Saving Lives from Malaria

by Gerry Lynch last modified 23 Jan, 2017 04:13 PM

Salisbury’s Sudan Medical Link provides training and equipment for South Sudan

Alex is ten and lives in a village just an hours drive from Juba. He doesn't go to school as the nearest school is four hours walk away. Alex has suffered with malaria on many occasions. He knows that when the rains start and the puddles begin to collect outside his tukul that he is likely to be bitten again by the mosquitoes and to suffer yet another attack and that the mosquitoes will appear after dark. He cannot remember how many attacks he has suffered but he knows it is many and that he feels weaker after each attack. Sometimes he's lucky and the clinic in the next village has tablets that will help him get better quickly. 

Malaria is the number one killer in South Sudan. It particularly affects children and the elderly. Children become progressively anaemic and susceptible to infections especially chest infections and gastroenteritis. It's very debilitating and children's wards in hospitals are full of babies and children with malaria many of whom require blood transfusions to keep them alive.  

Real progress is being made to find a vaccine for malaria but nothing yet is reliable. One of the biggest break throughs has been with the widespread availability of mosquito nets, especially sprayed with disinfectant to deter the mosquitoes at night when children are most vulnerable. UN resolutions and the benificence of philanthropists have made it their target of having one net per child. Sadly this has not been achieved in South Sudan because of the insecurity and the difficulties with communication and delivery of the nets to the rural and remote areas. 

Many hospitals are not functioning well in rural areas of the country, and drug supplies are intermittent and unreliable. Under five mortality in South Sudan remains, at 1 in 7, one of the highest in the world. One of the major causes of this shocking statistic is malaria.  

The Sudan Medical Link (SML), an offshoot of the 44 year partnership between the Diocese of Salisbury and Anglicans in South Sudan and Sudan, is seeking to address this huge challenge alongside other agencies. They are addressing it on two fronts.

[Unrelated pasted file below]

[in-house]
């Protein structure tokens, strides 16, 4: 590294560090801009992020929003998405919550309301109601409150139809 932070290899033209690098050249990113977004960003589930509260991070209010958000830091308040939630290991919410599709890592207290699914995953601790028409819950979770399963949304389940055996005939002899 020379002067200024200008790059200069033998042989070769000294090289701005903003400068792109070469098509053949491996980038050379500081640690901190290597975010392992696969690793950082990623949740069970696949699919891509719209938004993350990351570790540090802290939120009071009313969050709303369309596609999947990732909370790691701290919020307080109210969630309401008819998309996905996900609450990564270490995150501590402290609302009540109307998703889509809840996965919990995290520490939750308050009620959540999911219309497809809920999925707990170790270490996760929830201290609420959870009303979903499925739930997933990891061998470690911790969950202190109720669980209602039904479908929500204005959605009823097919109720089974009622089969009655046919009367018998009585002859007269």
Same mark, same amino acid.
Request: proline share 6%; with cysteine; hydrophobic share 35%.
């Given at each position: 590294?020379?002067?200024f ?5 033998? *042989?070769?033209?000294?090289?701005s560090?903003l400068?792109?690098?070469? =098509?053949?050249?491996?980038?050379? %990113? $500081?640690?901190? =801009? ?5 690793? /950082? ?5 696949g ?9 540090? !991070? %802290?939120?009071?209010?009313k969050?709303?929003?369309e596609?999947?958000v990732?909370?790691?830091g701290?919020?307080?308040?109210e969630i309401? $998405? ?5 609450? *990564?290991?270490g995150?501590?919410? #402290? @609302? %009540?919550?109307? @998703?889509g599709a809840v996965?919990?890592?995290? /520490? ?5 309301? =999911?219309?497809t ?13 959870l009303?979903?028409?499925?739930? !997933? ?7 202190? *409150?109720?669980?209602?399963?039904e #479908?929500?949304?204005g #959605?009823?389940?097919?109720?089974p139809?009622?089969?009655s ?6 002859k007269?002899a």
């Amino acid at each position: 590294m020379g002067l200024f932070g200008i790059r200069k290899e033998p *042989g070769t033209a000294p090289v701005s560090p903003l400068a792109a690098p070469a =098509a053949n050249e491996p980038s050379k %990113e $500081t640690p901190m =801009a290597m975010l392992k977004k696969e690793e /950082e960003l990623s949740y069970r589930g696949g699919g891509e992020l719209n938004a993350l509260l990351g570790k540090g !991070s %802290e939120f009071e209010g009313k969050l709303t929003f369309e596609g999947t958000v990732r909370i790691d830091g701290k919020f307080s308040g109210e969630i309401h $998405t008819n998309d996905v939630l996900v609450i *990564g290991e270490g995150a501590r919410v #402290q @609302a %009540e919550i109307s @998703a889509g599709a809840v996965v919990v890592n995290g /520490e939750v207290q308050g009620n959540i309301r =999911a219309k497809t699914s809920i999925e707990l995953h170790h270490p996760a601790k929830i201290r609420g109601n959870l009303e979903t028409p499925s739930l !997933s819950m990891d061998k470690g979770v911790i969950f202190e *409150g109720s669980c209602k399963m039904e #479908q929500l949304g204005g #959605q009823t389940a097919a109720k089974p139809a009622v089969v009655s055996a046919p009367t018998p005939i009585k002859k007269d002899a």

The first is to provide drugs to treat malaria. Drugs are being brought into the country from Uganda and from other reliable sources. The drugs supplied by the Sudan Medical Link are being delivered to clinics for distribution by trained clinical officers and nurses. Most of the drugs are being delivered to rural areas. There are other unreliable cheap sources of drugs, but our present distributor, Ram, has shown himself to be trustworthy.  

The second front is by training clinical officers, nurses and midwives about the risks of malaria, how best to protect the vulnerable infants and elderly and how to adequately treat those suffering.  

Education is everything and SML provides the money for their three year training. Ten nurses and midwives whose training was paid solely by Salisbury, graduated in Wau in November 2016 and will commence their clinical practice in diverse rural clinics immediately. 

This report is by Dr John Rennie, a retired medic who sits on the Sudan Medical Link Committee and has travelled to South Sudan to support its work. 

Find out more about the Sudan Medical Link and its connections with the Diocese of Salisbury on their page on this website. Alternatively, follow them on Twitter.

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